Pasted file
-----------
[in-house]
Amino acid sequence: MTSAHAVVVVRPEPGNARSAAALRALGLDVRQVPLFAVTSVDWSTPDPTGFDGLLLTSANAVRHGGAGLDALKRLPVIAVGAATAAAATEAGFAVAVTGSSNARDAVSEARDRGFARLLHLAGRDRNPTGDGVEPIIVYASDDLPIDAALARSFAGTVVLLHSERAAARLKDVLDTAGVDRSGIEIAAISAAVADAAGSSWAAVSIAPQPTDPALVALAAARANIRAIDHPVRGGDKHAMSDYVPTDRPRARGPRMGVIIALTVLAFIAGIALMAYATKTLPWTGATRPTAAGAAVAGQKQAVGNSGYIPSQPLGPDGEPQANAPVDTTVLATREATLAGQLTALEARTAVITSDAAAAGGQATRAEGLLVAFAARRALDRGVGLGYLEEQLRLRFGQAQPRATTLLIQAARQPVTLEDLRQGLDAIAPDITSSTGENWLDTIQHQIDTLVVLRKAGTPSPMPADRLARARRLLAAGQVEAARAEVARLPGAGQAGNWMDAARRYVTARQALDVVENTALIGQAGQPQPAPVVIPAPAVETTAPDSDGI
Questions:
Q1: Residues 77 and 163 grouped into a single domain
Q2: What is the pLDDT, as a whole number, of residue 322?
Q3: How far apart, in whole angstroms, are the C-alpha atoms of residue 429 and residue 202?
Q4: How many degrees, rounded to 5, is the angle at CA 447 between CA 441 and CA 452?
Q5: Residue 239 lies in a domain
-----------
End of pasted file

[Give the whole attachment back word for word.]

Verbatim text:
[in-house]
Amino acid sequence: MTSAHAVVVVRPEPGNARSAAALRALGLDVRQVPLFAVTSVDWSTPDPTGFDGLLLTSANAVRHGGAGLDALKRLPVIAVGAATAAAATEAGFAVAVTGSSNARDAVSEARDRGFARLLHLAGRDRNPTGDGVEPIIVYASDDLPIDAALARSFAGTVVLLHSERAAARLKDVLDTAGVDRSGIEIAAISAAVADAAGSSWAAVSIAPQPTDPALVALAAARANIRAIDHPVRGGDKHAMSDYVPTDRPRARGPRMGVIIALTVLAFIAGIALMAYATKTLPWTGATRPTAAGAAVAGQKQAVGNSGYIPSQPLGPDGEPQANAPVDTTVLATREATLAGQLTALEARTAVITSDAAAAGGQATRAEGLLVAFAARRALDRGVGLGYLEEQLRLRFGQAQPRATTLLIQAARQPVTLEDLRQGLDAIAPDITSSTGENWLDTIQHQIDTLVVLRKAGTPSPMPADRLARARRLLAAGQVEAARAEVARLPGAGQAGNWMDAARRYVTARQALDVVENTALIGQAGQPQPAPVVIPAPAVETTAPDSDGI
Questions:
Q1: Residues 77 and 163 grouped into a single domain
Q2: What is the pLDDT, as a whole number, of residue 322?
Q3: How far apart, in whole angstroms, are the C-alpha atoms of residue 429 and residue 202?
Q4: How many degrees, rounded to 5, is the angle at CA 447 between CA 441 and CA 452?
Q5: Residue 239 lies in a domain